The Quotient ADHD Test: A HealthCentral Interview
Though it appears that most people no longer deny ADHD as a real condition, there remains skepticism about the over- (or under-) diagnosis of the condition. Many still feel that ADHD medication is too readily handed out to children when parents have difficulty controlling their kids or when a grade-school student seems disinterested in studying.
The source of the problem is often the diagnostic process. Most often, ADHD is diagnosed in young people through an evaluation by a pediatrician, psychologist, psychiatrist or social worker. The evaluation can include a physical evaluation with a checklist for symptoms, an analysis of family history of the condition, a questionnaire to be filled out by parents and teachers and psychological tests (such as an IQ test or tests for co-existing conditions).
With this style of testing, though, there is room for error and discrepancy and the process is far from objective. To help create a more reliable, consistent test, technology company BioBDx created the Quotient ADHD Test. Though not widely distributed yet, the test has the potential to change the way ADHD is diagnosed and how the disorder is perceived.
The Quotient test is fairly simple. First, sensors are attached to the patient’s head that track movement during the test. Different shapes are flashed at random on a screen in front of the patient, and the patient is directed to press a key to acknowledge when a specific shape appears. For example, the patient would press a key when a 5-point star appears, but not when a 16-point star appears. The system is designed to track three major symptoms of ADHD: hyperactivity (where the patient may be moving all around and not sitting still during the test), impulsivity (where the patient may have inappropriate responses to the test) and inattention (where the patient has difficulty focusing on the task at hand). The results of the test are then compared to results of both healthy test-subjects and test-subjects who have been diagnosed with ADD and ADHD.
I recently spoke with Tiffany Schaller, a physician’s assistant at the Neurology and Headache Treatment Center in Alexandria, Virginia – which utilizes the Quotient Test.
How did the Neurology and Headache Treatment Center get involved with an ADHD testing system?
Many of our patients are chronic headache patients, primarily, but many also have ADD or ADHD. Some have a known history and we may find it beneficial to test their response both off and on the medication. Thisprovides insight into how to improve ADHD treatment as well.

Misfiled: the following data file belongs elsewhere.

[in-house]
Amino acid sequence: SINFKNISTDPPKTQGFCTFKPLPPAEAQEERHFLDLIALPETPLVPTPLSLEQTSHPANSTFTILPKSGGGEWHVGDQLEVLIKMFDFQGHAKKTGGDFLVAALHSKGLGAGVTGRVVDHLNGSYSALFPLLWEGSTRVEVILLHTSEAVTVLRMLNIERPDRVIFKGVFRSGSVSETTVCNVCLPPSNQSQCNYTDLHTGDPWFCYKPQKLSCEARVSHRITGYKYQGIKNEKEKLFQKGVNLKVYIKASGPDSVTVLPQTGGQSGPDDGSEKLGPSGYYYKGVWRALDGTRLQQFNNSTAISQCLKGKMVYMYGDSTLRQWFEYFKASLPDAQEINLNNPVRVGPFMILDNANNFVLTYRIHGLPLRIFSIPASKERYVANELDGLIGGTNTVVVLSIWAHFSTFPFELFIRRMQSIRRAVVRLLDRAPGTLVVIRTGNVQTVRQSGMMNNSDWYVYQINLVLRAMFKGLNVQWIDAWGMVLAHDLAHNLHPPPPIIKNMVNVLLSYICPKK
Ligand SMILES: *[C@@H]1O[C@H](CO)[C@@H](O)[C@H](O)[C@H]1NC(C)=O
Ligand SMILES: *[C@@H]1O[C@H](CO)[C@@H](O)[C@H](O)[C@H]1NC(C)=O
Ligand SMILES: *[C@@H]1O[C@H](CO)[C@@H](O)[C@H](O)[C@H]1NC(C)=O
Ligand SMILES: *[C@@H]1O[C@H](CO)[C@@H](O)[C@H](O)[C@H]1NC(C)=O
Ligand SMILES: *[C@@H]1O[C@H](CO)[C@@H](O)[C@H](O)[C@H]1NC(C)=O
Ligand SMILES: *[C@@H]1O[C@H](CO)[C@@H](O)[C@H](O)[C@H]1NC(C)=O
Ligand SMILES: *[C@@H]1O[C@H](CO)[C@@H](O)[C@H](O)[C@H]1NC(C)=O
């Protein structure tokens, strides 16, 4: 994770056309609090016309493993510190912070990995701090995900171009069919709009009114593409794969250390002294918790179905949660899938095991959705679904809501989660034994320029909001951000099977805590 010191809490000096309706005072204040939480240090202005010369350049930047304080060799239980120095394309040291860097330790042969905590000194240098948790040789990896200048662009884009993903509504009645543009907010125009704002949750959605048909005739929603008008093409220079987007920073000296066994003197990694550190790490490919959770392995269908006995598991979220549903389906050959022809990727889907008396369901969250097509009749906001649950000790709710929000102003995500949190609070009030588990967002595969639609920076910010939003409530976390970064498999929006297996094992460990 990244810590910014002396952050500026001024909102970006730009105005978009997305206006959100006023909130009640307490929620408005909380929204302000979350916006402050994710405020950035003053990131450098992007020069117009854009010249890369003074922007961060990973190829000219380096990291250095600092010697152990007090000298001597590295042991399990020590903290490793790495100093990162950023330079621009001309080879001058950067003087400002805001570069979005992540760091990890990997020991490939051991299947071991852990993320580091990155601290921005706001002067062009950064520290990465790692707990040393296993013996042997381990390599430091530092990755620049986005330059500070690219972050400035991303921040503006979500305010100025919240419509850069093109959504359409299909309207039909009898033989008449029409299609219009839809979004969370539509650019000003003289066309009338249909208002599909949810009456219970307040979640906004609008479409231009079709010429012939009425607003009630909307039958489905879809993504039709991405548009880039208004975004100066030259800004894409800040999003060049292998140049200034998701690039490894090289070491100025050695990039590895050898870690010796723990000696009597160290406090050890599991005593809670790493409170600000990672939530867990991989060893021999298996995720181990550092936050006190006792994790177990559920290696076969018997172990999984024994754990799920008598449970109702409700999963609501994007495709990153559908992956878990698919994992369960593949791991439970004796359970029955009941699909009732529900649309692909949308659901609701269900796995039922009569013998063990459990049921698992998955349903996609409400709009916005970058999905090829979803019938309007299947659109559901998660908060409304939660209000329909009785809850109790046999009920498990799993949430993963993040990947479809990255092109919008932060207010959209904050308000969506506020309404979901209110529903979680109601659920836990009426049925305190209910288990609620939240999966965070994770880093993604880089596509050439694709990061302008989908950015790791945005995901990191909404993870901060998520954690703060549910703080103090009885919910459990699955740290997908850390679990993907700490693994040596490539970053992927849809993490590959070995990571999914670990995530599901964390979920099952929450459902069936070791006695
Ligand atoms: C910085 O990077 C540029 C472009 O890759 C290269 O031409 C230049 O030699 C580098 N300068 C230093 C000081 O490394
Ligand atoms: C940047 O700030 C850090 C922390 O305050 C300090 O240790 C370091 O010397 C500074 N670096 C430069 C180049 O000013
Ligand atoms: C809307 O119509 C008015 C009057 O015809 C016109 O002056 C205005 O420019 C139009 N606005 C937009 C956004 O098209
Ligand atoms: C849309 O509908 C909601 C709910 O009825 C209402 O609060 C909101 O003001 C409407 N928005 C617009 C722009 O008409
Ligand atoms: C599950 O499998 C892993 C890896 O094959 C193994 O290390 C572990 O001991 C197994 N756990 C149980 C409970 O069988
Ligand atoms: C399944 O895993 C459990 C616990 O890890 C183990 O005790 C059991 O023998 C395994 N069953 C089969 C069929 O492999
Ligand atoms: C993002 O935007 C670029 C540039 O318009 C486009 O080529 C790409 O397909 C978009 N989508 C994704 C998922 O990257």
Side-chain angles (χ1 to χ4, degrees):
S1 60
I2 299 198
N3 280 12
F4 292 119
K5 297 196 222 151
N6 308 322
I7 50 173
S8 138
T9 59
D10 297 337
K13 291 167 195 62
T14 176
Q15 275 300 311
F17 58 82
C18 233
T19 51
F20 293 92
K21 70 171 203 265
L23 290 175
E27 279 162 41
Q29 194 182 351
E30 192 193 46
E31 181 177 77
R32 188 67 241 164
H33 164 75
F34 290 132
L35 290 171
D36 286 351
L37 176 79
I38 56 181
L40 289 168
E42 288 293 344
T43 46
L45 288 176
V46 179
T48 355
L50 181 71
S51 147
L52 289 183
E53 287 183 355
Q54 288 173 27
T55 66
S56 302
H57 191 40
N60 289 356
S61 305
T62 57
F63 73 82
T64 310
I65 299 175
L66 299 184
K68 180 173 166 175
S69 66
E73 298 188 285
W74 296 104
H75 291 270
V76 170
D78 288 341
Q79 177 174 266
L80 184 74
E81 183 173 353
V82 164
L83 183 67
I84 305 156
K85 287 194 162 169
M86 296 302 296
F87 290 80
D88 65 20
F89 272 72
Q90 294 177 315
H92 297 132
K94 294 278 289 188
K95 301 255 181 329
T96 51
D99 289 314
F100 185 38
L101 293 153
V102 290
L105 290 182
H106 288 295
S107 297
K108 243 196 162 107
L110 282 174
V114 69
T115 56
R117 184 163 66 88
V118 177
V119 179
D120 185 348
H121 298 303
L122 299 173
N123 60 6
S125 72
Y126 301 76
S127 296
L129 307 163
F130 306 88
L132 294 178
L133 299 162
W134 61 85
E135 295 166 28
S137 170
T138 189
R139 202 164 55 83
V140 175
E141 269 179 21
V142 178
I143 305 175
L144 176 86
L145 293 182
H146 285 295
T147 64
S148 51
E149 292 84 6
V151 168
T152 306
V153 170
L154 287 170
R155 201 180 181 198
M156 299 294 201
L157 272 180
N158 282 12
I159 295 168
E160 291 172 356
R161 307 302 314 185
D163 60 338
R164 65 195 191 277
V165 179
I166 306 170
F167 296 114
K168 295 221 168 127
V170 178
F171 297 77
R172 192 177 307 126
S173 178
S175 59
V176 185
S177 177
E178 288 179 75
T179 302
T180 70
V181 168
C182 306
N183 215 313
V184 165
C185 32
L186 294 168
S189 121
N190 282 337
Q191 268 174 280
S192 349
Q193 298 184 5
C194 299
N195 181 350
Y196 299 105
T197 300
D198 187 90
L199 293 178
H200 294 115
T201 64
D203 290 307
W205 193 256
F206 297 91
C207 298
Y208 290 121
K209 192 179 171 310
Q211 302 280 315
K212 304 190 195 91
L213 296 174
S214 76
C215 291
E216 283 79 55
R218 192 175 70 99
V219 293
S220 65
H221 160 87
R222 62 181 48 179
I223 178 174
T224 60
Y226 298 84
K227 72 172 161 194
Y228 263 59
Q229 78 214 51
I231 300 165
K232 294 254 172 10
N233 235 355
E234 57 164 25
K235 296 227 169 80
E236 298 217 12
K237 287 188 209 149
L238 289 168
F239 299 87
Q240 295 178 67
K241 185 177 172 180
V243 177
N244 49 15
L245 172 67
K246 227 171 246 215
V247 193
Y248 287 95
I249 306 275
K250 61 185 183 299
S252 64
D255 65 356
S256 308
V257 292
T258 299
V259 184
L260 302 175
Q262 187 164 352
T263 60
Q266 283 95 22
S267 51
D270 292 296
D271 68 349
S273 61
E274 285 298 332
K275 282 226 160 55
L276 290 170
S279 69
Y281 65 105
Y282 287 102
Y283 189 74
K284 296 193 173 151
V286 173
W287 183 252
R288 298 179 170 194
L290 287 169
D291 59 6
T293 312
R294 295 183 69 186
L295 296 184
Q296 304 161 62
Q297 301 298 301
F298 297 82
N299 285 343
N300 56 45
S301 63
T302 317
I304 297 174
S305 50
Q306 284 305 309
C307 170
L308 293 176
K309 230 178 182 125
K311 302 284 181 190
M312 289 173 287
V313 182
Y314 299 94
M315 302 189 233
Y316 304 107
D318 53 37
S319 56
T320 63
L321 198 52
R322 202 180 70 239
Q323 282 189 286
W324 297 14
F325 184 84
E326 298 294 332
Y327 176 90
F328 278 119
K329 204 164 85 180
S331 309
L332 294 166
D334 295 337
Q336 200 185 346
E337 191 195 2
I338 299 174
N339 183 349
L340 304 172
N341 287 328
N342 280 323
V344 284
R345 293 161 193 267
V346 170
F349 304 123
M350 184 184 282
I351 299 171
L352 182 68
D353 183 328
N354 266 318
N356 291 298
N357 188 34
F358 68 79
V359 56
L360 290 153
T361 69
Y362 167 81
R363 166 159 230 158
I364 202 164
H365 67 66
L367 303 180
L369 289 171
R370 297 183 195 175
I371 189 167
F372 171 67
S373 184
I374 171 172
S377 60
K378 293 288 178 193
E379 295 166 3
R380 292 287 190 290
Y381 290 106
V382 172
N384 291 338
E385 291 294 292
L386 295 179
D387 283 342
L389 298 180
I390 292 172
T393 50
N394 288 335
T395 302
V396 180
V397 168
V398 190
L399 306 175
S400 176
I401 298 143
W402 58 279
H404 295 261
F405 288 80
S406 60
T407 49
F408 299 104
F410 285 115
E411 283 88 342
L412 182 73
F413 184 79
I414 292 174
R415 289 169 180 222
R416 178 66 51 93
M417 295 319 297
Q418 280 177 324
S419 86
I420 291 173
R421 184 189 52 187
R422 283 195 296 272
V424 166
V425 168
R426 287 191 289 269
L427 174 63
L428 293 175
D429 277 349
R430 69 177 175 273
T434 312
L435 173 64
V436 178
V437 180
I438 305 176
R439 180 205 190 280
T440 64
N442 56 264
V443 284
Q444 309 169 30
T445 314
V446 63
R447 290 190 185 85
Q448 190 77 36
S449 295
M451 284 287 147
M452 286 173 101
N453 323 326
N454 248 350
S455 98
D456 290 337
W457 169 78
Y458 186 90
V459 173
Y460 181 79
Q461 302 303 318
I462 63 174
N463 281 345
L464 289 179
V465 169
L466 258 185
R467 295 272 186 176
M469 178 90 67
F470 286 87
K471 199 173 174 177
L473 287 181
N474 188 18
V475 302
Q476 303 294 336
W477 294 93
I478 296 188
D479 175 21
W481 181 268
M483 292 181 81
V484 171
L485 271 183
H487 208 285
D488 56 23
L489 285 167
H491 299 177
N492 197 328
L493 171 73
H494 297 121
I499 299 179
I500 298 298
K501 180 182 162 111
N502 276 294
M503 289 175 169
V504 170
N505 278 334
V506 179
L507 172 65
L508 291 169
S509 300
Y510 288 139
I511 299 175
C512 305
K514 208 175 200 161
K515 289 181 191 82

What is the Quotient Test? What does it entail?
It is an objective computerized test that tracks head and leg movement, as well as individual’s change in focus based on visual stimuli over a 20 minute period.
Written questionnaires can be subjective and answers may change from one day to the next. By administering an objective, computerized test, we can more accurately diagnose ADD or ADHD.
Does this test work for both children and adults?
Yes – the test can be administered to both children and adults, though the test format and scoring is slightly different between the child and adult populations. Anyone under the age of 14 is considered a child based on the scoring criteria. However, at our clinic we only see patients over the age of 14, so we have only tested adults.
Do the results of the test influence dosages of medication both for headaches and ADHD?
With respect to ADHD, test results do have an impact on treatment. If the patient has previously been diagnosed with ADHD and the results are moderate to severely position while on medication, then we will most likely increase the daily dose. The use of a stimulant may have an indirect effect on headache patients, if headaches are triggered by daytime fatigue. The stimulant will help to reduce headache frequency and severity, as the daytime fatigue is being treated.
How does working with neurologists differ from that of someone in another field (pediatrics, psychology, psychiatry, social work) who may be diagnosing ADHD?
If someone is being diagnosed with ADHD or ADD based on test results, then the situation is clear-cut regardless of whether the patient sees a neurologist or another type of specialist. However, when our patients start complaining of memory loss or fatigue (which are common neurological complaints), we are apt to test for ADD or ADHD because these patients can present those symptoms. With respect to headaches, a stimulant can reduce frequency and severity.
Do you think this is the future of ADHD diagnosis?
I hope so It’s a more accurate way of diagnosing and treating ADHD, based on objective testing. It also helps to tease apart other neurological symptoms.
With so much controversy surrounding the over-diagnosis of ADHD, do you think this will help take a more scientific approach to diagnosing the condition? Will it add more legitimacy to ADHD?
I think so – people worry about misuse of medications, especially among college kids. Stimulants themselves are not generally addictive, but they may be abused for the convenience they offer. The test will ultimately prevent overprescribing of stimulants based on accurate diagnoses.
Christopher Regal is a former Web Producer for a variety of conditions on HealthCentral.com, including osteoarthritis, chronic pain, multiple sclerosis, ADHD, Migraine, and prostate health. He edited, wrote, and managed writers for the website. He joined HealthCentral in November 2009 after time spent working for a political news organization. Chris is a graduate of the Catholic University of America and is a native of Albany, New York.